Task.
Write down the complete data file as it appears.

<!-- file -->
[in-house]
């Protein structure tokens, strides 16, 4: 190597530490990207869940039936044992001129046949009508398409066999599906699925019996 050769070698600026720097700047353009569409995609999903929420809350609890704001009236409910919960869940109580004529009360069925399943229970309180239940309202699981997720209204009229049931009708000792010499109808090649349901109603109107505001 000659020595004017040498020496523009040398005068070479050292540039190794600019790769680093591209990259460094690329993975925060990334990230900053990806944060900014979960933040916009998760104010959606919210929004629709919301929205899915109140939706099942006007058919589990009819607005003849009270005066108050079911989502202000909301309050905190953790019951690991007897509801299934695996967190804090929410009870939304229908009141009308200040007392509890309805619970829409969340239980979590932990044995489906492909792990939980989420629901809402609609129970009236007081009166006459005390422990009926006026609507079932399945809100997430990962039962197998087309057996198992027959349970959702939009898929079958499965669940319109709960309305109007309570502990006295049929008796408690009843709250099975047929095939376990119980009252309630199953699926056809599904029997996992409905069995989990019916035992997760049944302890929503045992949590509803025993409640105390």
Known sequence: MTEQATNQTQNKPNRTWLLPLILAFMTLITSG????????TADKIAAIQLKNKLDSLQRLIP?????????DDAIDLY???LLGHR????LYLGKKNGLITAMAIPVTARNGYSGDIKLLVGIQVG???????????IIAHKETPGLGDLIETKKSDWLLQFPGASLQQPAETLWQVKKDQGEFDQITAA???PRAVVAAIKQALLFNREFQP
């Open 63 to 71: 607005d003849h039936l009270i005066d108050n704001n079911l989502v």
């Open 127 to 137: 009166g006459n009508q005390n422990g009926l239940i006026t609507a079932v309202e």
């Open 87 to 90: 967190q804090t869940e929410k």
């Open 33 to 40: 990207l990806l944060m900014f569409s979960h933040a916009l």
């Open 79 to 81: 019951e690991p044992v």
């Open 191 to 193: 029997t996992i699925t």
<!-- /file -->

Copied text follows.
[in-house]
């Protein structure tokens, strides 16, 4: 190597530490990207869940039936044992001129046949009508398409066999599906699925019996 050769070698600026720097700047353009569409995609999903929420809350609890704001009236409910919960869940109580004529009360069925399943229970309180239940309202699981997720209204009229049931009708000792010499109808090649349901109603109107505001 000659020595004017040498020496523009040398005068070479050292540039190794600019790769680093591209990259460094690329993975925060990334990230900053990806944060900014979960933040916009998760104010959606919210929004629709919301929205899915109140939706099942006007058919589990009819607005003849009270005066108050079911989502202000909301309050905190953790019951690991007897509801299934695996967190804090929410009870939304229908009141009308200040007392509890309805619970829409969340239980979590932990044995489906492909792990939980989420629901809402609609129970009236007081009166006459005390422990009926006026609507079932399945809100997430990962039962197998087309057996198992027959349970959702939009898929079958499965669940319109709960309305109007309570502990006295049929008796408690009843709250099975047929095939376990119980009252309630199953699926056809599904029997996992409905069995989990019916035992997760049944302890929503045992949590509803025993409640105390």
Known sequence: MTEQATNQTQNKPNRTWLLPLILAFMTLITSG????????TADKIAAIQLKNKLDSLQRLIP?????????DDAIDLY???LLGHR????LYLGKKNGLITAMAIPVTARNGYSGDIKLLVGIQVG???????????IIAHKETPGLGDLIETKKSDWLLQFPGASLQQPAETLWQVKKDQGEFDQITAA???PRAVVAAIKQALLFNREFQP
């Open 63 to 71: 607005d003849h039936l009270i005066d108050n704001n079911l989502v």
């Open 127 to 137: 009166g006459n009508q005390n422990g009926l239940i006026t609507a079932v309202e």
């Open 87 to 90: 967190q804090t869940e929410k």
């Open 33 to 40: 990207l990806l944060m900014f569409s979960h933040a916009l």
């Open 79 to 81: 019951e690991p044992v």
């Open 191 to 193: 029997t996992i699925t």